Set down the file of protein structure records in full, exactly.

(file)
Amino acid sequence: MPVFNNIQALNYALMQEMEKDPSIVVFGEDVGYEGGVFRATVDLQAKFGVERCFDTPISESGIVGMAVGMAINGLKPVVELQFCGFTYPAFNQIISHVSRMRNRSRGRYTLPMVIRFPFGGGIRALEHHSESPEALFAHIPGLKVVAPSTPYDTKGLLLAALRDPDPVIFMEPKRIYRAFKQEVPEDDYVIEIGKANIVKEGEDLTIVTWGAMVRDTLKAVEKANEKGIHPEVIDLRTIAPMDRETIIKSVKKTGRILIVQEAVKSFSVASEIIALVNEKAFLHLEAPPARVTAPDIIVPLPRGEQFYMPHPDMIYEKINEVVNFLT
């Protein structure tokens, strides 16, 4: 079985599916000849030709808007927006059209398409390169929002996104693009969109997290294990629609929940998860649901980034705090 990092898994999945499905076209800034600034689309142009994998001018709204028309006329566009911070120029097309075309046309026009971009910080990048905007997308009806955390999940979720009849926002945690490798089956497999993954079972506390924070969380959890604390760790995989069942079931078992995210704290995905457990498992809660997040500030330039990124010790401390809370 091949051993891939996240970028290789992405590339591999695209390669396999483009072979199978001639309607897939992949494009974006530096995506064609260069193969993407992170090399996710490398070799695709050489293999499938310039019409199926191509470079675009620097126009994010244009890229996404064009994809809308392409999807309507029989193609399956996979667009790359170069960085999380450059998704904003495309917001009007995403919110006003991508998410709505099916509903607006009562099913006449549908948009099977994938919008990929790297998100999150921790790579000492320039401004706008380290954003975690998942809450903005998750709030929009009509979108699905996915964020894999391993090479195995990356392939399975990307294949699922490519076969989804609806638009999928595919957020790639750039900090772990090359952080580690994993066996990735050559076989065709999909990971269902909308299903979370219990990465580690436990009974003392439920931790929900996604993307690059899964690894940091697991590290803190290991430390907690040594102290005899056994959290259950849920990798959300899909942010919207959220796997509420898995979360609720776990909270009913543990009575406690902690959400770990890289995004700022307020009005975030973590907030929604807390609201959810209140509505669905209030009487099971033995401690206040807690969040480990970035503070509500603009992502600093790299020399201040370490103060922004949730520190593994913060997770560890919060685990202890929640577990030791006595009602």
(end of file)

Amino acid sequence: MPVFNNIQALNYALMQEMEKDPSIVVFGEDVGYEGGVFRATVDLQAKFGVERCFDTPISESGIVGMAVGMAINGLKPVVELQFCGFTYPAFNQIISHVSRMRNRSRGRYTLPMVIRFPFGGGIRALEHHSESPEALFAHIPGLKVVAPSTPYDTKGLLLAALRDPDPVIFMEPKRIYRAFKQEVPEDDYVIEIGKANIVKEGEDLTIVTWGAMVRDTLKAVEKANEKGIHPEVIDLRTIAPMDRETIIKSVKKTGRILIVQEAVKSFSVASEIIALVNEKAFLHLEAPPARVTAPDIIVPLPRGEQFYMPHPDMIYEKINEVVNFLT
């Protein structure tokens, strides 16, 4: 079985599916000849030709808007927006059209398409390169929002996104693009969109997290294990629609929940998860649901980034705090 990092898994999945499905076209800034600034689309142009994998001018709204028309006329566009911070120029097309075309046309026009971009910080990048905007997308009806955390999940979720009849926002945690490798089956497999993954079972506390924070969380959890604390760790995989069942079931078992995210704290995905457990498992809660997040500030330039990124010790401390809370 091949051993891939996240970028290789992405590339591999695209390669396999483009072979199978001639309607897939992949494009974006530096995506064609260069193969993407992170090399996710490398070799695709050489293999499938310039019409199926191509470079675009620097126009994010244009890229996404064009994809809308392409999807309507029989193609399956996979667009790359170069960085999380450059998704904003495309917001009007995403919110006003991508998410709505099916509903607006009562099913006449549908948009099977994938919008990929790297998100999150921790790579000492320039401004706008380290954003975690998942809450903005998750709030929009009509979108699905996915964020894999391993090479195995990356392939399975990307294949699922490519076969989804609806638009999928595919957020790639750039900090772990090359952080580690994993066996990735050559076989065709999909990971269902909308299903979370219990990465580690436990009974003392439920931790929900996604993307690059899964690894940091697991590290803190290991430390907690040594102290005899056994959290259950849920990798959300899909942010919207959220796997509420898995979360609720776990909270009913543990009575406690902690959400770990890289995004700022307020009005975030973590907030929604807390609201959810209140509505669905209030009487099971033995401690206040807690969040480990970035503070509500603009992502600093790299020399201040370490103060922004949730520190593994913060997770560890919060685990202890929640577990030791006595009602």